BREAKING NEWS: FEDERAL APPEALS COURT ORDER OFFICIALLY FILED THAT WILL REINSTATE US DEPARTMENT OF LABOR REGULATIONS REQUIRING HOME CARE WORKER OVERTIME Filing of Order or Mandate Means It Takes Effect Today – US Department of Labor Regulations Will Take Effect November 12thSACRAMENTO, CA [BY MARTY OMOTO, CDCAN LAST UPDATED 10/13/2015 06:49 AM] – As expected, the federal appeals court order that will reinstate the US Department of Labor regulations requiring overtime for previously exempted home care workers across the nation, including In-Home Supportive Services (IHSS), regional center funded supported living services, in-home respite services and personal assistance services workers in California, was officially filed this morning in Washington, DC, making that order or mandate effective today.
The US Department of Labor previously indicated that when the order or mandate is officially filed, the federal regulations will then take effect 30 days after that – meaning November 12, 2015 (Thursday). The US Department of Labor also previously indicated it would not enforce the regulations from November 12th through December 31st, but that non-enforcement does not protect providers and community organizations from potential legal action from their workers for not implementing the overtime requirements.
In California it is expected that the State will soon issue notice on what it will do in terms of implementing overtime for IHSS and regional center funded home care workers. Those guidelines were established in the 2014-2015 State Budget but have been on hold since last January due to the lawsuit.
CDCAN will provide a more comprehensive report on the overtime issue and California’s response to it later today.
As previously reported by CDCAN on October 6th, Chief Justice John Roberts of the US Supreme Court denied a request (motion ) by the Home Care Association of America and others, for a “stay” (or delay) of the federal appeals court order of August 21st to reinstate the federal regulations requiring overtime for previously exempted home care workers including In-Home Supportive Services (IHSS), and regional center funded supported living services (SLS), in-home respite services and personal assistance services. The federal appeals court overturned a lower federal district court ruling issued in late December and mid-January that struck down those regulations.
TEXT FROM US DEPARTMENT OF LABOR WEBPAGE ON LAWSUIT
The following is the text regarding implementation of the federal regulations following the filing of the federal appeals court order from the US Department of Labor website: http://www.dol.gov/whd/homecare/litigation.htm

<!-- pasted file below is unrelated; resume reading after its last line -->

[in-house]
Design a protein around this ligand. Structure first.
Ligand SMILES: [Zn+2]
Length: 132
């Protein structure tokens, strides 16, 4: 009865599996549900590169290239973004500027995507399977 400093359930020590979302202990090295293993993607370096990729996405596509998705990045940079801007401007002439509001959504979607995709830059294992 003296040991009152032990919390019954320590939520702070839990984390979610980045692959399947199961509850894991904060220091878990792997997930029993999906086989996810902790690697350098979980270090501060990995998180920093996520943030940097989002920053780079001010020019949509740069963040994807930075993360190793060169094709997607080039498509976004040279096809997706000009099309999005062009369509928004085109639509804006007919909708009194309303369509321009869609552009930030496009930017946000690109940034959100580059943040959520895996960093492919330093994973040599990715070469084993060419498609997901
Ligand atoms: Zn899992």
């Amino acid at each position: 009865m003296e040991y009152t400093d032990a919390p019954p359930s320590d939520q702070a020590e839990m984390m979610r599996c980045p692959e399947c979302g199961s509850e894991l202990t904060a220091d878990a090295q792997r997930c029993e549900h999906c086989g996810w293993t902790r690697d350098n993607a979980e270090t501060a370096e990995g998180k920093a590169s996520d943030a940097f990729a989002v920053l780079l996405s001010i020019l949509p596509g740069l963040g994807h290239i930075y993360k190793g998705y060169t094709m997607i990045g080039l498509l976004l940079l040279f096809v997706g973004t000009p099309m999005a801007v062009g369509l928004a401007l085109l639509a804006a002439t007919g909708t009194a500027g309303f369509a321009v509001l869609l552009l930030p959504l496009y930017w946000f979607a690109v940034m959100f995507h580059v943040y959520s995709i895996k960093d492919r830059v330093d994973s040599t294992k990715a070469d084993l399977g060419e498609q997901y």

“:U.S. Court of Appeals Unanimously Upholds DOL Rule, Opinion will take effect Oct. 13 The Department of Labor issued the Home Care Final Rule to extend minimum wage and overtime protections to almost 2 million home care workers. We believe the Rule is the right policy—both for those employees, whose demanding work merits these fundamental wage guarantees, and for recipients of services, who deserve a stable and professional workforce allowing them to remain in their homes and communities. The Home Care Final Rule, issued on October 1, 2013, had an effective date of January 1, 2015. In June 2014, associations of home care companies filed a lawsuit in federal court challenging the Final Rule. In December 2014 and January 2015, U.S. District Court Judge Richard Leon issued opinions and orders vacating the Final Rule’s revised third party regulation and revised definition of companionship services, respectively. The Department of Labor filed an appeal of the district court’s orders to the U.S. Court of Appeals for the District of Columbia Circuit. The case is Home Care Association of America v. Weil, No. 15-5018 (D.C. Cir.). On August 21, 2015, the Court of Appeals issued a unanimous opinion affirming the validity of the Final Rule and reversing the district court’s orders. Because of the district court orders, the Department has not begun enforcement of the Final Rule. The Court of Appeals opinion reversing those orders does not take effect immediately. By default, it becomes effective 52 days after the opinion was issued. The court denied a request from the home care associations to delay that date and a request from the Department to expedite it. The associations filed an application in the U.S. Supreme Court seeking delay of the date, which was denied on October 6. The Court of Appeals opinion therefore becomes effective on October 13. The Department will not begin enforcement of the Final Rule for 30 days, which is November 12. From November 12 throughDecember 31, 2015, the Department will be in the second phase of its previously announced time-limited non-enforcement policy, during which it will exercise prosecutorial discretion in determining whether to bring enforcement actions, with particular consideration given to the extent to which States and other entities have made good faith efforts to bring their home care programs into compliance with the FLSA since the promulgation of the Final Rule. The Department has led an unprecedented implementation program to help employers of home care workers prepare for FLSA compliance, including offering an extensive and individualized technical assistance program, providing a 15-month period before the effective date, and adopting a time-limited non-enforcement policy. We have repeatedly encouraged States and other employers to take the necessary steps toward implementation. We continue to stand ready to provide technical assistance to States and other entities as they implement the Final Rule.”